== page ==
This Lowe’s Stock Turnaround Looks Real Enough

New CEO is bringing key changes that make this improvement in Lowe's stock sustainable

It’s official. After years of falling behind rival Home Depot (NYSE:HD) on several fronts, Lowe’s Companies (NYSE:LOW) is finally starting to close the gap. By some measures it’s even outperforming its bigger competitor, including the one most important to investors; Lowe’s stock is leading Home Depot stock by leaps and bounds for the past year.

There’s still more work to be done, to be sure. And despite the usual post-earnings optimism the company was sporting following Wednesday morning’s Q4 report, the housing market is undeniably facing a headwind. The question is one of degrees.

Regardless, it’s increasingly difficult to not replace HD with LOW stock as the go-to name within the home improvement arena.

New CEO and Lowe’s Stock

The credit largely goes to CEO Marvin Ellison. After only seven months on the job, the former Home Depot executive has Lowe’s humming again. Its stores have the right and adequate inventory to meet the needs of contractors as well as DIYers. Meanwhile, his renewed focus on customer service has made a trip to its stores a pleasant experience again.

Much of Ellison’s work, though, has been largely out of sight of customers, even if they’ve been a beneficiary of those improvements.

One of Ellison’s first missions after taking the helm in July of last year was a top-down overhaul of Lowe’s technologies. This included a rethinking of inventory management solutions, but most of all it was a means of connecting with more shoppers on the web. While only about 5% of the company’s sales are done online, that figure is growing fast.

Also noteworthy is that 60% of online orders are retrieved in its stores, setting up another opportunity to make an add-on sale.

Lowe’s Stock and Q4

The fruits of Ellison’s labor are starting to bloom. Last quarter’s same-store sales growth of 1.7% may have fallen short of the 2.1% improvement analysts were modeling, but income of 80 cents per share of Lowe’s stock was better than the 79 cents the pros had estimated, and up 8.1 year-over-year despite flat revenues.

The wider margins are the result of shedding poor businesses. Ellison has been closing unprofitable stores in North America, and has completely shuttered its struggling Orchard Supply unit.

Last quarter’s same-store sales growth of 2.4% in the U.S. still doesn’t match up with Home Depot’s 3.7% comparable sales growth for the quarter ending in January. But, Oppenheimer analyst Brian Nagel notes that the 1.3 percentage point difference is “the narrowest it has been in a while.”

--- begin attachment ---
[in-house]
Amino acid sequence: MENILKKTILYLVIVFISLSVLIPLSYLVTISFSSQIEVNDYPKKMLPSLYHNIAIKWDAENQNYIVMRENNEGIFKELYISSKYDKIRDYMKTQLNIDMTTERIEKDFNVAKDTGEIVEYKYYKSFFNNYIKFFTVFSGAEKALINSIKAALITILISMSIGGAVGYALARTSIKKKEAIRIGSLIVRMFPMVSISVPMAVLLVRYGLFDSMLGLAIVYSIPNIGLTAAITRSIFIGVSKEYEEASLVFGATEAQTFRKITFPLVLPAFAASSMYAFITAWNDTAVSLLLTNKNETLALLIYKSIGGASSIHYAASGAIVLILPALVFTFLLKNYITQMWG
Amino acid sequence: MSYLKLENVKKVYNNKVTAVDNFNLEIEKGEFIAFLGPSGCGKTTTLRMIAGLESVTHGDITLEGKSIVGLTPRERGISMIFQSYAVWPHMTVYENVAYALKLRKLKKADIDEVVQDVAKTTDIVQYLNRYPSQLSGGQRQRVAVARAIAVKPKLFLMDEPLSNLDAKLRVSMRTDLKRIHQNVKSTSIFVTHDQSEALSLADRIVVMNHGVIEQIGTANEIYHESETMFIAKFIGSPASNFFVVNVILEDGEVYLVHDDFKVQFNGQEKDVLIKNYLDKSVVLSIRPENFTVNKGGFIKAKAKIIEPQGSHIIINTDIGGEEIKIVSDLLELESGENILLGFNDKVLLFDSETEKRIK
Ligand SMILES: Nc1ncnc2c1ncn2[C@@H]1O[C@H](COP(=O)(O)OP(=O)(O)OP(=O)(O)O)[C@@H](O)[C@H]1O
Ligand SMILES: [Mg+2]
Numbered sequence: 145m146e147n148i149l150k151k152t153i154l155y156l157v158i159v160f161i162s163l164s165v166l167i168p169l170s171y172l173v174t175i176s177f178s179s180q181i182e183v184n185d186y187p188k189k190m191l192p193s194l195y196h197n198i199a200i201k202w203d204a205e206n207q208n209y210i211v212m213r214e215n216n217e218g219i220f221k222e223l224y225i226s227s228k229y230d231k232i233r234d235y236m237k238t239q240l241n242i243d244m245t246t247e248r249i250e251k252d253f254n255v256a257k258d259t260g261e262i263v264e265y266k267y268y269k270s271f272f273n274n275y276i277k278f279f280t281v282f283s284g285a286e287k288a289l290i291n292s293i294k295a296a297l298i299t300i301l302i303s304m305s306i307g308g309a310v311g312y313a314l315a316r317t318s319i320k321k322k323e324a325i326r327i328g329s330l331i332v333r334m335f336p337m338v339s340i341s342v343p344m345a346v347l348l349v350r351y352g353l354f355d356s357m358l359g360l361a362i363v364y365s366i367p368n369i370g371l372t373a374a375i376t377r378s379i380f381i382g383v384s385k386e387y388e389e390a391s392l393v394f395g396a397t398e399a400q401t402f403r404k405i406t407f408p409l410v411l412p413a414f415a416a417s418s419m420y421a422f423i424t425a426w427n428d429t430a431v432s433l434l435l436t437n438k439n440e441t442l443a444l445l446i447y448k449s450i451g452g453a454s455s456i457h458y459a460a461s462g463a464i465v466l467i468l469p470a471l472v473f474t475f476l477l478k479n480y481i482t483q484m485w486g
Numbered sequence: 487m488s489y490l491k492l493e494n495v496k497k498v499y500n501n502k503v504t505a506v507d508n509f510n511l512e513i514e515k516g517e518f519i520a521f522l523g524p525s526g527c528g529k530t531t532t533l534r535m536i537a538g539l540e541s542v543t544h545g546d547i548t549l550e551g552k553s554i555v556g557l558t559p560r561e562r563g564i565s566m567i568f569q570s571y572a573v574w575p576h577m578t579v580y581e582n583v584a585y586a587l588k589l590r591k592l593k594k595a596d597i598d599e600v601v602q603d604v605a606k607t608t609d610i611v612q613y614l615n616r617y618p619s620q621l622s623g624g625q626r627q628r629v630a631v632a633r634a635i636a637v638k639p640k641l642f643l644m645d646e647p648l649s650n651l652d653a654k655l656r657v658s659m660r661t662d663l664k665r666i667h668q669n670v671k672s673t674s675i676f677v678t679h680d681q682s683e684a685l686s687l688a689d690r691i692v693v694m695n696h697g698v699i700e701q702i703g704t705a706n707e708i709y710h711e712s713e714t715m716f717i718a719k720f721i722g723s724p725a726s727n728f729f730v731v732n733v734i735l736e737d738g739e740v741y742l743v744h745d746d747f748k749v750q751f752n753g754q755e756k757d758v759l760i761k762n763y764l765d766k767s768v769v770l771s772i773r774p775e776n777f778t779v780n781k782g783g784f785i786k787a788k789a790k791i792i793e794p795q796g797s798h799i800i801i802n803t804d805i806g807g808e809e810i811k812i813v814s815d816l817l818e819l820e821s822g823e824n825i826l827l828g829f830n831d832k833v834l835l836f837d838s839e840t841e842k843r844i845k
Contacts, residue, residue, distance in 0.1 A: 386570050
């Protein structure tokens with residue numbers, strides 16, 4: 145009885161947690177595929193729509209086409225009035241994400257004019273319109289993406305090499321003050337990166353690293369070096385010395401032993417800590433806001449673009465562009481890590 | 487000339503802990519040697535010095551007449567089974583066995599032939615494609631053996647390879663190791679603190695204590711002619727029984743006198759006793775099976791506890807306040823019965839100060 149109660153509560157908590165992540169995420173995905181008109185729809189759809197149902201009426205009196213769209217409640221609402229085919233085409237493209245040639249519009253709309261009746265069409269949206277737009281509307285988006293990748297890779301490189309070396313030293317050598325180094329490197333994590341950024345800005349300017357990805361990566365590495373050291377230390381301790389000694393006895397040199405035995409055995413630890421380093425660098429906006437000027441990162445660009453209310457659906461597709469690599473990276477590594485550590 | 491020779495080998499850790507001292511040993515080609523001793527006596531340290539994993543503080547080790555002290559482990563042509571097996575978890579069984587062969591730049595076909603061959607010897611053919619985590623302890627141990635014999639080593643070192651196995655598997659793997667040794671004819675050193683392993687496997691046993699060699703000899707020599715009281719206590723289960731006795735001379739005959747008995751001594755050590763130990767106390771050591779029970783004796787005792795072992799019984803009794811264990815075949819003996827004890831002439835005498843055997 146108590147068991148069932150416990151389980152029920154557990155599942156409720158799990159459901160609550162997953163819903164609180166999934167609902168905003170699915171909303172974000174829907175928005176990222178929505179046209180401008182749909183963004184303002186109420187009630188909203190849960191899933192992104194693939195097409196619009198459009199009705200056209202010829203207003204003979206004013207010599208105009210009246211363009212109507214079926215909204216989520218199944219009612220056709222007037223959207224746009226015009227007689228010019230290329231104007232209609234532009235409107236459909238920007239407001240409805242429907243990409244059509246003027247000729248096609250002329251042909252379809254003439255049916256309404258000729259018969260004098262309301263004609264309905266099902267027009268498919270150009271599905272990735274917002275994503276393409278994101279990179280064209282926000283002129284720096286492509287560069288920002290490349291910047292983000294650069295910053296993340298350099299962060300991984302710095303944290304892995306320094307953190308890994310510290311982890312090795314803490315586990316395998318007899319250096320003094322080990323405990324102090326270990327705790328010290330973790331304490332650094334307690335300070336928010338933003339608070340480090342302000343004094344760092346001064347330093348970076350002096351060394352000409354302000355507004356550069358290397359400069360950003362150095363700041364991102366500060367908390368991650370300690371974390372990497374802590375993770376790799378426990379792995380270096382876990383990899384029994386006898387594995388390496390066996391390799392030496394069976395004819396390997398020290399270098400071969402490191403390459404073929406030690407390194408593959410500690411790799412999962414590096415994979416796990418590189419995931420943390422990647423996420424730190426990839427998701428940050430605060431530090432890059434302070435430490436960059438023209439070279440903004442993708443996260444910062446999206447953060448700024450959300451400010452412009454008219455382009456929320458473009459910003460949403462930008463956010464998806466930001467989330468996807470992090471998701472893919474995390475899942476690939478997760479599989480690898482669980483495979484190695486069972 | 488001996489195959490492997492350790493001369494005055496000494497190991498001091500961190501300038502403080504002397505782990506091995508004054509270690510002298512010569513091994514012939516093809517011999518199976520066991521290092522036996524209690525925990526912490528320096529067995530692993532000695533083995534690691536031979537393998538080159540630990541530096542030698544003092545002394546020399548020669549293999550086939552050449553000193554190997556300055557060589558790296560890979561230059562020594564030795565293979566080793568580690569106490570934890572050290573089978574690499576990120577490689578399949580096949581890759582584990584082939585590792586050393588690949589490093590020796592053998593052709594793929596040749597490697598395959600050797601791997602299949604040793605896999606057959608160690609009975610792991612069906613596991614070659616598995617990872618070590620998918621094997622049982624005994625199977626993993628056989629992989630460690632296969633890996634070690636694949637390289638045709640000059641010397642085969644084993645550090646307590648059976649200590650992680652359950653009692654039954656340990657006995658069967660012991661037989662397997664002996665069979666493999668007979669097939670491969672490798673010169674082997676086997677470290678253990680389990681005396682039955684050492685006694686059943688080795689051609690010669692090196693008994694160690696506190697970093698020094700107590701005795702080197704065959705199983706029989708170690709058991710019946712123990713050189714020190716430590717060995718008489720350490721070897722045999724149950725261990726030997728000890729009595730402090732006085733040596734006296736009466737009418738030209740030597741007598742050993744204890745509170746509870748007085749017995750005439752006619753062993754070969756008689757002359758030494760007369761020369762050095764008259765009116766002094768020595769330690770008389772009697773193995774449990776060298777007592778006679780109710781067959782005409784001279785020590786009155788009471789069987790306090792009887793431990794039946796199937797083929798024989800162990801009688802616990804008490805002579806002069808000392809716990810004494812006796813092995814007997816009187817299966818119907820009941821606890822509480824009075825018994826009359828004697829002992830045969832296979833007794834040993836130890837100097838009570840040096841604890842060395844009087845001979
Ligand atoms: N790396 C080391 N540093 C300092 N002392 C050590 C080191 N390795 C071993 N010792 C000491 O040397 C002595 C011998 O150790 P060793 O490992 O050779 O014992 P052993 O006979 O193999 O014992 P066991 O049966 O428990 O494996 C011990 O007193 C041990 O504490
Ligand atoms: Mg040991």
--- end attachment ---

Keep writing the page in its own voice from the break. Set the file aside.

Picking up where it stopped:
The difference may even be narrower for the quarter currently underway. In January alone, Lowe’s same-store sales growth of 5.8% outpaced Home Depot’s figure of 4.1%.

It was enough to prompt Joe Feldman, senior managing director at Telsey Advisory Group, to say that “Lowe’s has an opportunity to close that gap. We don’t expect them to completely close it, but we expect them to narrow it. And if they can narrow it and bring up their profitability over the next year or two, that will certainly help the stock.”

Looking Ahead for Lowe’s Stock

If Lowe’s is to close that gap though, it’s going to need continued growth from an uncertain housing market.

Ellison feels good about the foreseeable future on that front, commenting: “U.S. macroeconomic fundamentals remain sound for 2019, and we will continue to implement process and technology improvements to capitalize on the immediate opportunity to improve results.”

Ellison added during the conference call “As home prices are increasing, consumers are staying in their homes longer and because of their improved financial position, they are investing in their homes.”

The data more or less jibes with Ellison’s feel for the home improvement and remodel market. The Joint Center for Housing Studies of Harvard University expects spending on remodels to grow 5.1% this year.

As for new construction, however, the jury is still out. January’s new home sales in the United States fell 8% year-over-year, and December’s housing starts fell 10.2% year-over-year to a two-year low rate of 1.08 million.

Still, the company is optimistic, offering 2019 profit guidance of between $6.00 and $6.10 per share of Lowe’s stock, versus analyst estimates of $6.04. Lowe’s is looking for total revenue growth of 2% on same-store sales growth of 3%.

As of this writing, James Brumley did not hold a position in any of the aforementioned securities. You can learn more about James at his site, jamesbrumley.com, or follow him on Twitter, at @jbrumley.


Article printed from InvestorPlace Media, https://investorplace.com/2019/03/this-lowes-stock-turnaround-looks-real-enough/.

©2019 InvestorPlace Media, LLC